Workshop 17: Race, Regionalism, and Rhetoric
Primarily Synchronous (June 1-4)
This workshop invites scholars to consider their projects in light of the relations among race, regions, and rhetoric.
While rhetoricians have long been aware of rhetoric’s relations to space, recent developments call for renewed attention to the ways rhetoric and (counter)regionalism are implicated in the politics of race, ethnicity, and citizenship. Take, as examples, recent appeals to neo-nationalist, ethnonationalist, racist, or xenophobic sentiments on two continents: North America, and Sub-Saharan Africa. In the U.S. whether in the discourses of White nationalist “SIEGERS,” “State of Jefferson” cessationists, or through talk about “the South,” the politics of race, ethnicity, citizenship and region are seared into the DNA of American politics. The nexus of race, ethnicity, nation and region is apparent, for instance, in the nationalization of ethnicities (the Kikuyu or Luo in Kenya), or the ethnicization of state apparatuses in sub-Saharan Africa. These situations compel us to inquire after rhetoric’s role in how claims about regions both affect and are affected by ideas of race, ethnicity, citizenship, and nation. This workshop will do exactly that; workshop sessions will engage the following questions:
What contributions does rhetorical studies make to understanding the intersections of regionalism and race? What ideas about regions and race circulate in the conversational spaces of rhetorical studies (e.g., publications and classrooms)?
What can controversies and ideas about “the American South” and the Mississippi Delta tell us about the study of race, regionalism, and rhetoric?
Third, how are race, rhetoric, and regionalism figured in ideas about Africa that circulate in American public life?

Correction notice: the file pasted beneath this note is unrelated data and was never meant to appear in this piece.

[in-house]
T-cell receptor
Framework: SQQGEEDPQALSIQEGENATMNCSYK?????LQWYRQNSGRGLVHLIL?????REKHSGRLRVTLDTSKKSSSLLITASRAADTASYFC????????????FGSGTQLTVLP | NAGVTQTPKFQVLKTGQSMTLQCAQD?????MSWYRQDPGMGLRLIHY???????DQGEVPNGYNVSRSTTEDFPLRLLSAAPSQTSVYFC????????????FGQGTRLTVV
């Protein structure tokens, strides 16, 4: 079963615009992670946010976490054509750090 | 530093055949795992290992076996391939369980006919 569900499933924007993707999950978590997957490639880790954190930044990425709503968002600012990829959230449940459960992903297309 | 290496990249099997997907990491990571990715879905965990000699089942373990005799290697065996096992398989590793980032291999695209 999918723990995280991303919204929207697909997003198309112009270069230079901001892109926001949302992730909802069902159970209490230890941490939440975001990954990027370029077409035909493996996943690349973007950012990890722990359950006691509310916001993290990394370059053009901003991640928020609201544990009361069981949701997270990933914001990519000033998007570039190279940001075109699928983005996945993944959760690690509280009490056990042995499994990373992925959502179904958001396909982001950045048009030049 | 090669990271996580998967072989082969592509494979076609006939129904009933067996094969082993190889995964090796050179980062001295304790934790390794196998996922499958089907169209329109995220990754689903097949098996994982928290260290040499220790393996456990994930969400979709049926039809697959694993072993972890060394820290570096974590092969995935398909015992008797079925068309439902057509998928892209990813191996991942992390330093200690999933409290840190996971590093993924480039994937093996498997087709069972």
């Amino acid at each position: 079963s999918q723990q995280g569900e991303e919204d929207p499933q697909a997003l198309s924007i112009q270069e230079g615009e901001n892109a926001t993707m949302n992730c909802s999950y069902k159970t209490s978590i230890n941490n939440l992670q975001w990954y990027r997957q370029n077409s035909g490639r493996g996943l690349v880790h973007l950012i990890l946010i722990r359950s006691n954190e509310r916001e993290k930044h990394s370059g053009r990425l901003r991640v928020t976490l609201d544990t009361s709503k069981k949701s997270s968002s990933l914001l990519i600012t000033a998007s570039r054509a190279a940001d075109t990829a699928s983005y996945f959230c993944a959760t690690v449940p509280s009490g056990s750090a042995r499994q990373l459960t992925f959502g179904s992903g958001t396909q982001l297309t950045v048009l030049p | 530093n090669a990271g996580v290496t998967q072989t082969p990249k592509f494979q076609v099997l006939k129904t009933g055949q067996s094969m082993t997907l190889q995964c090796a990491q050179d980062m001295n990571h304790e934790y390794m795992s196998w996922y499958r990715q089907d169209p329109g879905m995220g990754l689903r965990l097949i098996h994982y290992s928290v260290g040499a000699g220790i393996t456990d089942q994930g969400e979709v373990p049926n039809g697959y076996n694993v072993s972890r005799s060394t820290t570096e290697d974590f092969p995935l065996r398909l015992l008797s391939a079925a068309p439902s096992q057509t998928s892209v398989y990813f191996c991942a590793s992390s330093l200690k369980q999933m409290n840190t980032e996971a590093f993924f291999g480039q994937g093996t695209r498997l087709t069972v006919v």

Another workshop goal is to advance participants’ progress on their own projects. We welcome participants at every stage of the writing process (including those whose projects are, at present, little more than ideas). Each participant will be asked to share a brief summary of work-in-progress for peer review.
Kundai Chirindo is Associate Professor in the Rhetoric and Media Studies department at Lewis & Clark College in Portland, Oregon. A rhetorical scholar interested in discourses that relate to the African continent, Kundai’s work centers on discursive practices that contest, contribute to, and ultimately constitute ideas of Africa in American public life. Through exploring these themes, he contributes to scholarly conversations in rhetorical studies, environmental communication, African and African American Studies, and war and peace studies. His critical essays, commentaries, and book reviews have appeared in Advances in the History of Rhetoric (now Journal for the History of Rhetoric), Argumentation & Advocacy, Quarterly Journal of Speech, Rhetoric & Public Affairs, Women’s Studies in Communication, and in edited volumes.
Dave Tell is Professor of Communication Studies at the University of Kansas. He is the author of Confessional Crises and Cultural Politics in Twentieth-Century America (Penn State University Press, 2012) and Remembering Emmett Till (University of Chicago Press, 2019). Remembering Emmett Till was listed as a 2019 book of the year by the Economist and winner of the Mississippi Historical Society’s 2020 McLemore Prize. Professor Tell is a former fellow of the National Endowment for the Humanities and a codirector of the Emmett Till Memory Project. His writing on the Till murder has been published in the New York Times, Chicago Tribune, Atlantic Monthly, LitHub and a wide range of academic journals. He is a past president of the American Society for the History of Rhetoric and the inaugural Public Humanities Officer for the Rhetoric Society of America.